...I previously mentioned two samples on Day 1 and Day 56. If I decide to include a third sample at Day 28, would I then instead use a one-way ANOVA for equal replicates?

Kind regards
 
#7
paired t-tests are expensive in terms of working with animals. To cover threats to validity, you have to wait to administer the second treatment (at least in work with cattle on a dietary treatment it was about 6 months). This also opens you up to other issues as well.

To be honest, it really depends on your knowledge of the literature surrounding your experiment. If you have the time/money for doing a paired t-test and your limiting factor is the number of subjects you can get, then that is the better statistical method since it will allow for the most power.

If you are constrained by time/money more so by subjects, then I recommend the two sample t-test.
 
#8
Morning rogojel...again thank you for your reply, it is greatly appreciated! There is no reason why I couldn't put all 20/25 horses on the active treatment and do away completely with the horses on the control, thank you for suggesting this. I will also look into the sample size calculation!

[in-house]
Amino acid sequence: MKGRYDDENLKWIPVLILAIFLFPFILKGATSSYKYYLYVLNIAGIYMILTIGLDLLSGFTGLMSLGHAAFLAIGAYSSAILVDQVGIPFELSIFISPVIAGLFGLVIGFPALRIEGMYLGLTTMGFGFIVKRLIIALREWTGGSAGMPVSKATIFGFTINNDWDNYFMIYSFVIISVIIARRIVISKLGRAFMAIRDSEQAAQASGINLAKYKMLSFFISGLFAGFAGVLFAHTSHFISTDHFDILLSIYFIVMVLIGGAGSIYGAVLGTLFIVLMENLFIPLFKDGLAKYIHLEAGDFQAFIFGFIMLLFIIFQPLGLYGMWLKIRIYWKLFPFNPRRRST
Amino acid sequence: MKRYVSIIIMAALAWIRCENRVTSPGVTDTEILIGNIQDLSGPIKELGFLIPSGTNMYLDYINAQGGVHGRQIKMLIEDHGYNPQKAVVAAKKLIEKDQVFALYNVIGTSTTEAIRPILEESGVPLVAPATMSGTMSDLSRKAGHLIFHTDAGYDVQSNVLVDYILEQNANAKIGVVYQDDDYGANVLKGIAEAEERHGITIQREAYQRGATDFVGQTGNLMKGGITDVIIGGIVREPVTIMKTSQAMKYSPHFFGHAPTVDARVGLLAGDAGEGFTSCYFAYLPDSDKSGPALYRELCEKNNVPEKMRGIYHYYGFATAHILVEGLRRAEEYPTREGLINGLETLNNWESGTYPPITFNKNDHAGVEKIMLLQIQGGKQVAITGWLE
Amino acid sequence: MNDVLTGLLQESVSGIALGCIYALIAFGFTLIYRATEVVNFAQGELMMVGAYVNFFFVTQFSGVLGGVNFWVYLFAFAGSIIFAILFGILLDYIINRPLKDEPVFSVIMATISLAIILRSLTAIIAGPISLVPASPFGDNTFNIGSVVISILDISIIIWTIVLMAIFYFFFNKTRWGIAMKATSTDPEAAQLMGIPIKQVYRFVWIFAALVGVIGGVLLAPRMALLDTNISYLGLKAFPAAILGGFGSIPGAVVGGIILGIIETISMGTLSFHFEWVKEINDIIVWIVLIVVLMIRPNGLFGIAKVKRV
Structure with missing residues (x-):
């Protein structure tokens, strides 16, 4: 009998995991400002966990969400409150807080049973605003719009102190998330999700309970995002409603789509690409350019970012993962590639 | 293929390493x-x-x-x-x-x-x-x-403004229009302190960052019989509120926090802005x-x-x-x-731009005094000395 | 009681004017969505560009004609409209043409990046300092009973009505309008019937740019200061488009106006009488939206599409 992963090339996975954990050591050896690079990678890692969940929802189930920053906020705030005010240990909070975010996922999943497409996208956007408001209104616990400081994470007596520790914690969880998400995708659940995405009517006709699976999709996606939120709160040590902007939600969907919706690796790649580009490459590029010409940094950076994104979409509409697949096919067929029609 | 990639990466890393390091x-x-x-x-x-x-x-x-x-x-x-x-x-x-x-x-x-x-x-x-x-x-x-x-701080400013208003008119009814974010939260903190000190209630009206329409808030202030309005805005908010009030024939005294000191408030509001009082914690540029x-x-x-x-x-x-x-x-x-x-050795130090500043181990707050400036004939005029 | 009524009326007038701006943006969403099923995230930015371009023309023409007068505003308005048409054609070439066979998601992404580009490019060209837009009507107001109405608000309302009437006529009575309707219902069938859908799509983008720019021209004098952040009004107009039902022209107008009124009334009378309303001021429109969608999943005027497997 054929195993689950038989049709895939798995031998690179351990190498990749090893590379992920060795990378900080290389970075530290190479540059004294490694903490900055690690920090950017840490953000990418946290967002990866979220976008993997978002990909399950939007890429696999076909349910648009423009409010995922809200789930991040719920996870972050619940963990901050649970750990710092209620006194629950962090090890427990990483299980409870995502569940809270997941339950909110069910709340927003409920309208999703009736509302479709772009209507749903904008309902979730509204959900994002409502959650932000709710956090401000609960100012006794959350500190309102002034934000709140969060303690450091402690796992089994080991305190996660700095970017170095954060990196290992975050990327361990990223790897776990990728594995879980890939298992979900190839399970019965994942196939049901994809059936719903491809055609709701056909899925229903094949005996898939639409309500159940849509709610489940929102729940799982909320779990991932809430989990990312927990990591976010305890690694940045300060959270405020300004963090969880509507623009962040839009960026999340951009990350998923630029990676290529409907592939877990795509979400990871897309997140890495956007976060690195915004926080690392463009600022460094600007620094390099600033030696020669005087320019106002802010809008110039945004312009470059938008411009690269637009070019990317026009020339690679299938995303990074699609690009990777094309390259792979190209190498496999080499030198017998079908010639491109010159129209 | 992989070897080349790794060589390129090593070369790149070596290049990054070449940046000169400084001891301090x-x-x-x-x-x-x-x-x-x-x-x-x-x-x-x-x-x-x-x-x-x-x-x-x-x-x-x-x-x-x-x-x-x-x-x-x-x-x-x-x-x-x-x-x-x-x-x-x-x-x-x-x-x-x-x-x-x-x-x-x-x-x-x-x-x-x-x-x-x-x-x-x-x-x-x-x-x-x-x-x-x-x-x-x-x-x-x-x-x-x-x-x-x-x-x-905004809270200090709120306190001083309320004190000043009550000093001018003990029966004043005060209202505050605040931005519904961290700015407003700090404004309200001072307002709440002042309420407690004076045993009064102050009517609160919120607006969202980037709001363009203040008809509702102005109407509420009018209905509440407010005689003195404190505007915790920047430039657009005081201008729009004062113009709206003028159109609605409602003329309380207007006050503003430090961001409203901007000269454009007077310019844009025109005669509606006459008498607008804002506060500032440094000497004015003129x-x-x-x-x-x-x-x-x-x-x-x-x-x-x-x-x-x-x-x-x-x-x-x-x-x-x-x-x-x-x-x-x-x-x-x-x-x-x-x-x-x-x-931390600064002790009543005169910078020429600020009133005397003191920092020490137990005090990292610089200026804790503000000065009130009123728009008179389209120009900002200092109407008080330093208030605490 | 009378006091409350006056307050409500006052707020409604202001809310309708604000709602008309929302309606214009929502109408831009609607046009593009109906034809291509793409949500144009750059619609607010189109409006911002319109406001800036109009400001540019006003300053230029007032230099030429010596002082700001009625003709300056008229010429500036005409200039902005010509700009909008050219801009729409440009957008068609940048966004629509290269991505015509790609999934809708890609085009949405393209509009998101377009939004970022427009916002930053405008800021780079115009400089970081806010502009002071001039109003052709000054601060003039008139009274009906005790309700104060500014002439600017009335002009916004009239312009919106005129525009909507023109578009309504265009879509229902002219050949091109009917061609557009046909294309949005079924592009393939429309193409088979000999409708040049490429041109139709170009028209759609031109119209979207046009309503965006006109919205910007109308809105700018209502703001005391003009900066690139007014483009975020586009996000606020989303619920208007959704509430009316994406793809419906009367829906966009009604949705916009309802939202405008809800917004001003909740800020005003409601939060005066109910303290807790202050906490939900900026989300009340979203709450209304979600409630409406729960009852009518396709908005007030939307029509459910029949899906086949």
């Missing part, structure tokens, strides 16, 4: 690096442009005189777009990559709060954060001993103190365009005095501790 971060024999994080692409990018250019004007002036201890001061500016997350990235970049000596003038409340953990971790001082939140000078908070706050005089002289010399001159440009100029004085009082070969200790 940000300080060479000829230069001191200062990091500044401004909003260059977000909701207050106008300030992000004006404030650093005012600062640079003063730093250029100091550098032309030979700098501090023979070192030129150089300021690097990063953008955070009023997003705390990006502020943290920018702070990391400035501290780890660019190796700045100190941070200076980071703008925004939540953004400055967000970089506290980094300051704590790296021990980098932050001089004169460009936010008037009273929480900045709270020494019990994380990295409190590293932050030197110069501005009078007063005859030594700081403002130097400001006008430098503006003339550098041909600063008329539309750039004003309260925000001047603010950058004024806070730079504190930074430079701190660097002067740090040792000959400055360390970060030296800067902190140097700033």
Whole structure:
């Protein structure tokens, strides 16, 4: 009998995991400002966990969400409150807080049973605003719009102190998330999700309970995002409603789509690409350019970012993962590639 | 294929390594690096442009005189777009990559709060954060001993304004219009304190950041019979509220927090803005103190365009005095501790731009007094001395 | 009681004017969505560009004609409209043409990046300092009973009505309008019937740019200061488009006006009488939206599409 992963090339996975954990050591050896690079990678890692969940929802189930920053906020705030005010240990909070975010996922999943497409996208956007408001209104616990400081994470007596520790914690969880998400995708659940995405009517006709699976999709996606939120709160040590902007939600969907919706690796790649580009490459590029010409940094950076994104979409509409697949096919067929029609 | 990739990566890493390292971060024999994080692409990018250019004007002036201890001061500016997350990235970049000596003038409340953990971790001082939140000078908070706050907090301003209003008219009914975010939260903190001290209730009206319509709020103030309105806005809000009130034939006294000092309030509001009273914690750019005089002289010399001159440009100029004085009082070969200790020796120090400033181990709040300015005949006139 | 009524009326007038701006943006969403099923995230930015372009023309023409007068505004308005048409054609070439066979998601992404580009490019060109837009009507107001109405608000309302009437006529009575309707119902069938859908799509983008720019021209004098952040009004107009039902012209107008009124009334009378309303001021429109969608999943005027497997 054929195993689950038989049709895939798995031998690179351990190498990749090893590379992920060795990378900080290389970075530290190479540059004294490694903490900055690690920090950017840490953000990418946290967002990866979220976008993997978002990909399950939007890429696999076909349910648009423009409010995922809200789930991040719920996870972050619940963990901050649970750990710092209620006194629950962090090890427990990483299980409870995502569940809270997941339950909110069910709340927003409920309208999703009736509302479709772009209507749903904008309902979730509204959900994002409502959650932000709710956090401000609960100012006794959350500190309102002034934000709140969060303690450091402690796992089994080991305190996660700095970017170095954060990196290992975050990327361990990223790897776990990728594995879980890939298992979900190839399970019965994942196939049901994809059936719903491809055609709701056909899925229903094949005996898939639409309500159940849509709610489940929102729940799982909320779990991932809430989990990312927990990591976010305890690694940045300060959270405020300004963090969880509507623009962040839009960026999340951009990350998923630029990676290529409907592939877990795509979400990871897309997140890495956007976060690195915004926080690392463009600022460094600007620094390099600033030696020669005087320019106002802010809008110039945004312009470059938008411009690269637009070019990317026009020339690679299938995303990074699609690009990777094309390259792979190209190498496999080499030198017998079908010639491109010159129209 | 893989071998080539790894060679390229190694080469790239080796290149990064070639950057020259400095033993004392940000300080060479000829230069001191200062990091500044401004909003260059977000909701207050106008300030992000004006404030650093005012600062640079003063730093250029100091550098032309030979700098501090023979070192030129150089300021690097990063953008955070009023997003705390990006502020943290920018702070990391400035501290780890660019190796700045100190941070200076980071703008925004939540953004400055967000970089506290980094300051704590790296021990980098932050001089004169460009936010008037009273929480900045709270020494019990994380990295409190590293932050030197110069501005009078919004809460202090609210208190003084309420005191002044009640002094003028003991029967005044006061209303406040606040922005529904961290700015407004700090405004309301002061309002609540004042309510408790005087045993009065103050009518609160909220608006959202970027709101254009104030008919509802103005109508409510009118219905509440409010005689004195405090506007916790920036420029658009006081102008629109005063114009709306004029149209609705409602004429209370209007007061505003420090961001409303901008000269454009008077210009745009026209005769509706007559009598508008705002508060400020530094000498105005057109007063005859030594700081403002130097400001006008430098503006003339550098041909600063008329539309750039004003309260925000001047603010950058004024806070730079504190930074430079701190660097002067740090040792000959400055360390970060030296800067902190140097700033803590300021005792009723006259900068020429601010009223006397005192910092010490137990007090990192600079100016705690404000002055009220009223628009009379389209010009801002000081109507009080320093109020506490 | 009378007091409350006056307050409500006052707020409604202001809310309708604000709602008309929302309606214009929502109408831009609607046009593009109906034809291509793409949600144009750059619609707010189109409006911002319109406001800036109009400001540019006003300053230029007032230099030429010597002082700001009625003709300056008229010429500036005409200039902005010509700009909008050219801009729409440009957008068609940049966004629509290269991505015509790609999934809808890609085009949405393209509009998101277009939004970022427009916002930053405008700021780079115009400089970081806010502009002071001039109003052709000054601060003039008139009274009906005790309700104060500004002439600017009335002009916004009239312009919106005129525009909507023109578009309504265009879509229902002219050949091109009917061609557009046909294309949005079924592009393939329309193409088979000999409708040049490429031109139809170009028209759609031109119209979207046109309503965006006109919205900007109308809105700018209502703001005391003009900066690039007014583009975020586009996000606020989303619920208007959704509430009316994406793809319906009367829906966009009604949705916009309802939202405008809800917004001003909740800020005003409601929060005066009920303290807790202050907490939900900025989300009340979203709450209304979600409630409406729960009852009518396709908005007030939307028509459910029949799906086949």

...I previously mentioned two samples on Day 1 and Day 56. If I decide to include a third sample at Day 28, would I then instead use a one-way ANOVA for equal replicates?

Kind regards
ah yes, I see, I reread your post.

You are using a placebo and not comparing two treatments. In which case, a paired-t is probably the way to go as rogojel suggested. You are just working for a baseline effect which the horses already should be before they begin treatment.

Though, two samples (control and treatment) are useful in experimental design due the various threats to validity (history, instrumentation, etc) that reviewers/committee chairs love to bring up.
 
#9
ah yes, I see, I reread your post.

You are using a placebo and not comparing two treatments. In which case, a paired-t is probably the way to go as rogojel suggested. You are just working for a baseline effect which the horses already should be before they begin treatment.

Though, two samples (control and treatment) are useful in experimental design due the various threats to validity (history, instrumentation, etc) that reviewers/committee chairs love to bring up.
Just to clarify, I had originally thought it was best to have 10 horses on the active treatment and 10 horses on a control (placebo) treatment. However, it was suggested by rogojel to instead have all 20 horses on the active treatment. If I collected a before and after sample (Day1 and Day 56) then it is best to use a paired t-test. If I decide to collect an additional sample (Day 28) then it is best to use a one-way ANOVA for equal replicates. By doing it this way I would as you mentioned, "be working for a baseline effect".

Thank you again the42up for your help and feedback! :)